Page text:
While news of the exploits started circulating at the beginning of the year, the vulnerability chaining did not happen until earlier this week. Microsoft has outlined a number of Indicators of Compromise (or IOCs), along with pushing out out-of-band patches for all affected Exchange on-prem servers - versions 2013 through to 2019. The company has urged admins to apply those patches as soon as possible, as the vulnerabilities are actively being exploited via the use of web shells.
It is alleged by KrebsOnSecurity that as many as 30,000 U.S. organizations are affected by these newly discovered vulnerabilities, and that the number may be far greater than that worldwide. It’s unclear whether this attack was made possible as a result of the Solorigate security event that unfolded earlier this year.
Ignite in the spring
As previously announced, on March 2, Microsoft kicked off the second part of its Ignite conference. At the virtual event, the company took the wraps off a number of solutions ranging from the consumer to the enterprise sectors, from previews to services and products now entering general availability.
For one, there’s a new service called Intelligent Order Management, due to be integrated in the company’s enterprise resource planning (or ERP) platform, Dynamics 365. There’s also integration with Teams to look forward to, as well as the advent of a new low-code language for Power BI dubbed Power Fx.
Remaining in the management sphere, there’s now RBAC (role-based access control) support in Azure Machine Learning, updates to Cloud for Healthcare and new industry clouds, compute and storage updates for mission-critical apps in Azure, and more.
The company also took to the virtual stage to highlight a number of Azure and Microsoft 365 security solutions – ranging from Azure Sentinel to Azure Firewall and Secured-core – either in GA or preview, along with data loss prevention and compliance solutions previews, and new certifications for compliance and Windows Virtual Desktop. The firm also highlighted Zero Trust updates and other identity solution upgrades as part of the virtual event.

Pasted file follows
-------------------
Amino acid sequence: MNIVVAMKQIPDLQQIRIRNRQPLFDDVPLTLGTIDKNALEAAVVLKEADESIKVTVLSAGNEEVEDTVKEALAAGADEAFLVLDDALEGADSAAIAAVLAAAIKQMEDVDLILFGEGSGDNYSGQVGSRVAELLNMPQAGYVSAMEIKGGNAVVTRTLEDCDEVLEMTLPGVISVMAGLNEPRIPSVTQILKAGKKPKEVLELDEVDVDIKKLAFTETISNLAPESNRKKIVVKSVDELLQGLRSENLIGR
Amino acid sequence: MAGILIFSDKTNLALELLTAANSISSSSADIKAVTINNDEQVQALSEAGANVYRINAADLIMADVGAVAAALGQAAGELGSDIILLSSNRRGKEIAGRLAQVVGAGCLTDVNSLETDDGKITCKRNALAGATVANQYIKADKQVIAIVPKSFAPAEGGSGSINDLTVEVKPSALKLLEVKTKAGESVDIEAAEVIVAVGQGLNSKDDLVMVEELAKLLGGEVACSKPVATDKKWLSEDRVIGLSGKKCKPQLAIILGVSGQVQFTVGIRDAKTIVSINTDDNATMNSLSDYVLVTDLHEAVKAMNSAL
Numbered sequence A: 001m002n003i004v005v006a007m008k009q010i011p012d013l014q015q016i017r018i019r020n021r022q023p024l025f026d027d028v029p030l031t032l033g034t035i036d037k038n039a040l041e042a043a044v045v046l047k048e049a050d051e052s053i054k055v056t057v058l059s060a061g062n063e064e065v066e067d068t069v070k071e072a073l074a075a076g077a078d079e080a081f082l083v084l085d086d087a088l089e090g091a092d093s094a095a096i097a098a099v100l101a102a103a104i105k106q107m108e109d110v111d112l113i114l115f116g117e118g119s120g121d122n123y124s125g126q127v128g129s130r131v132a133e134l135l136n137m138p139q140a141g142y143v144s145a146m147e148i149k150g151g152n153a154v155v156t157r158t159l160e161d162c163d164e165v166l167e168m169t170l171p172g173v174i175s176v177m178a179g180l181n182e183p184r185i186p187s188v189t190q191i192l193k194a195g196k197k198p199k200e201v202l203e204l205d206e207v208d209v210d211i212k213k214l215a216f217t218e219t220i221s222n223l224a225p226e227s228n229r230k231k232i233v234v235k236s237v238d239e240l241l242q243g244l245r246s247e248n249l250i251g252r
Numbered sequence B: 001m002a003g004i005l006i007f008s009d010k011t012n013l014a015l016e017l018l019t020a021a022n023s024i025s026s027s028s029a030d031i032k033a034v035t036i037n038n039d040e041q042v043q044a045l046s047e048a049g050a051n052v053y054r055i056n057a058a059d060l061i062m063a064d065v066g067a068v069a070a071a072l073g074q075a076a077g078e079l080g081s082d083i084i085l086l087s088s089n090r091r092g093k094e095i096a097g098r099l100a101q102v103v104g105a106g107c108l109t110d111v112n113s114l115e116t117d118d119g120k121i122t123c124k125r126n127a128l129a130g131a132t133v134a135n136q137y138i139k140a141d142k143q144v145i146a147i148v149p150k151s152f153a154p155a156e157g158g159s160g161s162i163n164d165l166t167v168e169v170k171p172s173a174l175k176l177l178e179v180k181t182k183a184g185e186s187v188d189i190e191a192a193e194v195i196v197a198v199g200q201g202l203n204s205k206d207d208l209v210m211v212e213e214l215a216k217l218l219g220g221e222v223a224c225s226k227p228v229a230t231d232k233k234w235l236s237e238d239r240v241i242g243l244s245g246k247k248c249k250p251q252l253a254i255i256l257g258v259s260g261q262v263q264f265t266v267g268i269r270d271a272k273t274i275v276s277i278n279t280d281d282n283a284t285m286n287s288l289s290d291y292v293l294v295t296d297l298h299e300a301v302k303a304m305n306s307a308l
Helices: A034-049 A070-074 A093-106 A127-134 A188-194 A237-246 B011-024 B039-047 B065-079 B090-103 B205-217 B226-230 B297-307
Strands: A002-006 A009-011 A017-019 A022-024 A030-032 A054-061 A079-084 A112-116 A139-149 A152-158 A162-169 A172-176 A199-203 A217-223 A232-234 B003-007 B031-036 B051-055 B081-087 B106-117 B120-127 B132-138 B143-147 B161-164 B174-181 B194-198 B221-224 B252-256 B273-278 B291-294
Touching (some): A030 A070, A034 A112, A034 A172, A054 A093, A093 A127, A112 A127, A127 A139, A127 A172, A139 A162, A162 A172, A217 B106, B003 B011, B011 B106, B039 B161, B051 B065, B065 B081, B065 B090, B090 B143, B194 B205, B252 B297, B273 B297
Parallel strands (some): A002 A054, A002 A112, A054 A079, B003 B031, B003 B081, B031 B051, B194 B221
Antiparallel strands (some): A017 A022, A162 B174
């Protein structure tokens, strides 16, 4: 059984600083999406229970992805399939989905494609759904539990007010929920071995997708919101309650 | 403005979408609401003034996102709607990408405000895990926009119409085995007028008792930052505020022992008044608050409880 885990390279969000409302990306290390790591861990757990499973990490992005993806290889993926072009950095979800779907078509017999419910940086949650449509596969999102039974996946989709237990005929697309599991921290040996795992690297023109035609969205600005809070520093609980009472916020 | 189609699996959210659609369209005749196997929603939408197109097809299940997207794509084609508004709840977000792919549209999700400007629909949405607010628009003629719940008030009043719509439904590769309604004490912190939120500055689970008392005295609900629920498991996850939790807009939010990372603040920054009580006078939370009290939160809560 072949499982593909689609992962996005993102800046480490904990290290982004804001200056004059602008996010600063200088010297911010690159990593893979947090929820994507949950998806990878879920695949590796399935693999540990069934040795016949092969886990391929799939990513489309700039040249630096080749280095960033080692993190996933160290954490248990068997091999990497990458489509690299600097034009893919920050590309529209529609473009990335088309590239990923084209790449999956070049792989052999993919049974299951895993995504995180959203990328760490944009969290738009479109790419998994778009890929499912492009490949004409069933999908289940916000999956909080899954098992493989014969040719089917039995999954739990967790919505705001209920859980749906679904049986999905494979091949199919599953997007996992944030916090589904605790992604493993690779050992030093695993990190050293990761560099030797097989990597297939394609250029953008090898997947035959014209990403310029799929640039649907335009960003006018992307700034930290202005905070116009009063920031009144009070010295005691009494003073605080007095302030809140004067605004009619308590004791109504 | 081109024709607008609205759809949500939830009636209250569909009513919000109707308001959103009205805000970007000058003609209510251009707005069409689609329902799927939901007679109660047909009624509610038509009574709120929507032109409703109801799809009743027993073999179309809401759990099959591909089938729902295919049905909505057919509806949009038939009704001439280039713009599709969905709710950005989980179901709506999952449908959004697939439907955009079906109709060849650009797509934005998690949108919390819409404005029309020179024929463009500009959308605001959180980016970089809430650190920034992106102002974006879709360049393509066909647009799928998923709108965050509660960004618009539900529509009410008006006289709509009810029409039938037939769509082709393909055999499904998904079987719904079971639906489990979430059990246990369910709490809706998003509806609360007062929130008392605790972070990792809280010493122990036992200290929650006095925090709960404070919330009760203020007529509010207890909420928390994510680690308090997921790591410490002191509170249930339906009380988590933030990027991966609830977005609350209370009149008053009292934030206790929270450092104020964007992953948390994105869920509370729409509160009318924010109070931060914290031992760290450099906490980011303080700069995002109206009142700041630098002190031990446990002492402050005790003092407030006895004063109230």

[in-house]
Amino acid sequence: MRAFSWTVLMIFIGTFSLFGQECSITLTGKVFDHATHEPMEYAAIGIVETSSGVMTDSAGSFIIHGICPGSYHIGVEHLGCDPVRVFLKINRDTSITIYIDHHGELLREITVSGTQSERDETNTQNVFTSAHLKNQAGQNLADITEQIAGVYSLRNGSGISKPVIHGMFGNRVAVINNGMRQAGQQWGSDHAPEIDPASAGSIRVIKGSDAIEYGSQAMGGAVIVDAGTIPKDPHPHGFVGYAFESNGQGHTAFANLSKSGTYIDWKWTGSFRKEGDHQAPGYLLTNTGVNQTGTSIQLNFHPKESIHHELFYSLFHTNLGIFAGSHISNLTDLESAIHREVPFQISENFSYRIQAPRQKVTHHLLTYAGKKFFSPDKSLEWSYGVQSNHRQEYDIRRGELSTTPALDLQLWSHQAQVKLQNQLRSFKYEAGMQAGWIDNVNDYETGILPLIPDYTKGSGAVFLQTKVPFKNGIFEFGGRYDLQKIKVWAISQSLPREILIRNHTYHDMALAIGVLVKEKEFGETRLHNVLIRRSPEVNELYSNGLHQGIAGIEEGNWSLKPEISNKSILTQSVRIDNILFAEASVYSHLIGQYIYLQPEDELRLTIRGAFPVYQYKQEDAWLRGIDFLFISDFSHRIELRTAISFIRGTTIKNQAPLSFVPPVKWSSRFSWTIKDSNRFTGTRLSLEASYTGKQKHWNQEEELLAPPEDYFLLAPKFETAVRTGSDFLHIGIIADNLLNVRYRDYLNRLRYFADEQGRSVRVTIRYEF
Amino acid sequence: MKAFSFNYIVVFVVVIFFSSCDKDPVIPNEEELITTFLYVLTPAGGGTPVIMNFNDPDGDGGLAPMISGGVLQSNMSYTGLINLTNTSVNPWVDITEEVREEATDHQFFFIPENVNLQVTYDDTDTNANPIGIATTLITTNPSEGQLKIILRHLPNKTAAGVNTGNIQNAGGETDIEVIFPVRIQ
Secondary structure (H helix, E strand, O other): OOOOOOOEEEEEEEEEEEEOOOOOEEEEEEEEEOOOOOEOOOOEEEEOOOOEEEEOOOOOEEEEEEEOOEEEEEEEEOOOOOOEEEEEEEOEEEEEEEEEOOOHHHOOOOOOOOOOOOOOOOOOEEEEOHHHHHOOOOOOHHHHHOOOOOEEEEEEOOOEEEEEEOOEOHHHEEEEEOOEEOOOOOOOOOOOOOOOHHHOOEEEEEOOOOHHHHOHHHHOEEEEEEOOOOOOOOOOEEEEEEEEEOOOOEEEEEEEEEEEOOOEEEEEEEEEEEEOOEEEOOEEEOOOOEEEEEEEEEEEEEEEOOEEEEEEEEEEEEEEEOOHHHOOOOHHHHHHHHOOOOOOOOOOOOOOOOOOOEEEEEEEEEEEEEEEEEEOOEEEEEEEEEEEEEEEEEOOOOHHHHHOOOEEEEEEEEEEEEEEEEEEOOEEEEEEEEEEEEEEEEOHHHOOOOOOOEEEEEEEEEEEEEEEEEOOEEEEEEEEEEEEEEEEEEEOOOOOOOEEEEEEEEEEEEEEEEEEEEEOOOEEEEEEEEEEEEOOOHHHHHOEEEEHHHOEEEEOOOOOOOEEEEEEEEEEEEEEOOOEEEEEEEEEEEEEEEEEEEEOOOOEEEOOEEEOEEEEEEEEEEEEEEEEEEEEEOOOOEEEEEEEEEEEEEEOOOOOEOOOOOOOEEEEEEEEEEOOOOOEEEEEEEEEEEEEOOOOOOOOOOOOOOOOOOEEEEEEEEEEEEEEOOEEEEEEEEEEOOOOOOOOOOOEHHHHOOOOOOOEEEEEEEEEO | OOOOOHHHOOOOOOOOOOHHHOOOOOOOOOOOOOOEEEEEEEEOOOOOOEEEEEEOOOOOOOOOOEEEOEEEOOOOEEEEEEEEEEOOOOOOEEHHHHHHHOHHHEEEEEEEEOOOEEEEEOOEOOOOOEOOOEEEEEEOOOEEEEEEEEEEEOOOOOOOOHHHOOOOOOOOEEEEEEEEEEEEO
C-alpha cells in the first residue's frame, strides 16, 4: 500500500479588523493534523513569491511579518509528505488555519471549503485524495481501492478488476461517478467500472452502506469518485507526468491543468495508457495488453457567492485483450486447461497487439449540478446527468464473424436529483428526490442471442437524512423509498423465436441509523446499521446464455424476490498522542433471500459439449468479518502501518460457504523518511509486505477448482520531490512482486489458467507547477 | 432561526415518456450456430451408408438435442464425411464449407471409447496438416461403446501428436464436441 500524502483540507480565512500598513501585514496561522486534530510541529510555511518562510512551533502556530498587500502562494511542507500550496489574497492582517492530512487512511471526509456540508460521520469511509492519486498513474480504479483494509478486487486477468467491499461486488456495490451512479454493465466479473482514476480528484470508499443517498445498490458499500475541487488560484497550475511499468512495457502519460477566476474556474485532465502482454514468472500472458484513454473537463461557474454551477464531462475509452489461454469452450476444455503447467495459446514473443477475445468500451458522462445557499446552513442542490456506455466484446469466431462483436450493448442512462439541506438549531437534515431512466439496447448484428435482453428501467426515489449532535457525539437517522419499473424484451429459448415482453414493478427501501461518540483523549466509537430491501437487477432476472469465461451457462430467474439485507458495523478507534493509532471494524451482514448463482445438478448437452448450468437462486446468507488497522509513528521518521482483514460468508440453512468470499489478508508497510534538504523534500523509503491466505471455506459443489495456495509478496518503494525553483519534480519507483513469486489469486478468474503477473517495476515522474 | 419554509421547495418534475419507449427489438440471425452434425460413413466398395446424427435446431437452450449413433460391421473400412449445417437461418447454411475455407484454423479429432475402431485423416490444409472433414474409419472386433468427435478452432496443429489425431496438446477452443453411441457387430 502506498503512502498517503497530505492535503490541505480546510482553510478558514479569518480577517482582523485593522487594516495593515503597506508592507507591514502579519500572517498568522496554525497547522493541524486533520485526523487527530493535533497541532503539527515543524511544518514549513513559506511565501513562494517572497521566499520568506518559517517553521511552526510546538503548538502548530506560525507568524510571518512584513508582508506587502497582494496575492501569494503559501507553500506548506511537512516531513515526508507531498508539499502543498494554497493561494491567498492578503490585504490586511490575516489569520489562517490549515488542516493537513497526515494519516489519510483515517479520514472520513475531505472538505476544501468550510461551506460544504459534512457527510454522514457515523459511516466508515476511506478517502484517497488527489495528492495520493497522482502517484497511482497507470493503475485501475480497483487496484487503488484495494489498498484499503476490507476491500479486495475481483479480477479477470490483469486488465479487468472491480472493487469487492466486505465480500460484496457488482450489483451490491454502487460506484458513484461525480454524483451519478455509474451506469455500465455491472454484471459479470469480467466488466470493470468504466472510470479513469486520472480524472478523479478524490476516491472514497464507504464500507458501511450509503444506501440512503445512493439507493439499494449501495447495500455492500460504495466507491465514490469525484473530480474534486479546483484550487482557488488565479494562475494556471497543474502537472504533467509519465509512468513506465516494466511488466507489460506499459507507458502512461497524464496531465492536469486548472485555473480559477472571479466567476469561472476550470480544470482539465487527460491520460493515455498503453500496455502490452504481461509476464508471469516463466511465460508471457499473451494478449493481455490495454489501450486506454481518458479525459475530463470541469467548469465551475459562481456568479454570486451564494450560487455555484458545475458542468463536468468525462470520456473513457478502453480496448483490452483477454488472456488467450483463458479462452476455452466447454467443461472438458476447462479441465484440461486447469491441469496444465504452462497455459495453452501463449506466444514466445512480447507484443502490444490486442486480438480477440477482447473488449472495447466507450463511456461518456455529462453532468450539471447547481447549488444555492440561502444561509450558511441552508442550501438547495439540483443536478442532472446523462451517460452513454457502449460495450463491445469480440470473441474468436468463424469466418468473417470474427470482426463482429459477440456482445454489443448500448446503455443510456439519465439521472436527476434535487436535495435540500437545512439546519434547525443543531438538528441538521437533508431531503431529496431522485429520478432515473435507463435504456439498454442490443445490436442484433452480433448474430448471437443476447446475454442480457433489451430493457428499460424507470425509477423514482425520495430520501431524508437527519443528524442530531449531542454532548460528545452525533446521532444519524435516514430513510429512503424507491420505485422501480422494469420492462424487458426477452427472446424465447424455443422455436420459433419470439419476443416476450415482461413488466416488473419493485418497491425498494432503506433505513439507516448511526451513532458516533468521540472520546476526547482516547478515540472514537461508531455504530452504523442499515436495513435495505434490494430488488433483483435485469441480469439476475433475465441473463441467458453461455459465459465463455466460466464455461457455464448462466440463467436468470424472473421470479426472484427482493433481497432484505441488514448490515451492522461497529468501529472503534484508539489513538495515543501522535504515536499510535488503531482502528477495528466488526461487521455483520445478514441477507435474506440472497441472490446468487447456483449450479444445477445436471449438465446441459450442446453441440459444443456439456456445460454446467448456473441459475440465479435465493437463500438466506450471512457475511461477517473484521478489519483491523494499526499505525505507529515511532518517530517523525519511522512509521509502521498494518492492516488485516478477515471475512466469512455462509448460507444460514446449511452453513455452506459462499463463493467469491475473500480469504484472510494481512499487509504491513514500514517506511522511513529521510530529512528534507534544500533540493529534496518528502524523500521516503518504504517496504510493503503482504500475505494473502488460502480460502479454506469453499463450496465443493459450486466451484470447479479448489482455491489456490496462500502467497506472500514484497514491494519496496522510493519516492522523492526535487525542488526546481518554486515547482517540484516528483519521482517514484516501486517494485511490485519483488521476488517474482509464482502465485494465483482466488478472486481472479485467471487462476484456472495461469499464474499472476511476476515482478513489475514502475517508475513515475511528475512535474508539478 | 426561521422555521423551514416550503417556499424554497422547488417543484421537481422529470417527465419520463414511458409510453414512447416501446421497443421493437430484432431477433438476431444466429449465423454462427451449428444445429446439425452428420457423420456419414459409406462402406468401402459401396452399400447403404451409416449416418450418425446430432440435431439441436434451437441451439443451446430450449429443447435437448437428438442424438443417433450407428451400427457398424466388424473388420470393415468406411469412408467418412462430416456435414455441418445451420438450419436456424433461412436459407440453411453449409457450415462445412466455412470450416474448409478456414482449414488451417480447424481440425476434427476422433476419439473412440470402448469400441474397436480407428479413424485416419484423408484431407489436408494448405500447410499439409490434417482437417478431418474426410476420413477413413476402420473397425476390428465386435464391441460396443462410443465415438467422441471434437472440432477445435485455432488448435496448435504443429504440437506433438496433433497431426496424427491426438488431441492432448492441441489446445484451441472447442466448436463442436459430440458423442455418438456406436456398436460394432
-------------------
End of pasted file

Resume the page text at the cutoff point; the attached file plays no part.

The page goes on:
It's worth also mentioning that the firm is opening a new datacenter region in China, has put out Visual Studio 2019 version 16.9 – as well as adding Apple Silicon Mac support in VS Code -, as well as a preview version of Windows Server 2022 with the same Secured-core enhancements it added in Azure. On a somewhat related note to the latter, Windows Admin Center version 2103 is now available with automatic update support, and tons of other features.
Switching to productivity, Outlook now has a more free-form view for its calendar section, Universal Print has been made available to all Microsoft 365 customers, there are new modules available for the company’s Viva Employee Experience Platform (EXP), and Teams now has PowerPoint Live support that’s GA, more Teams Rooms features, and up to 1,000-person webinar support for the education sector.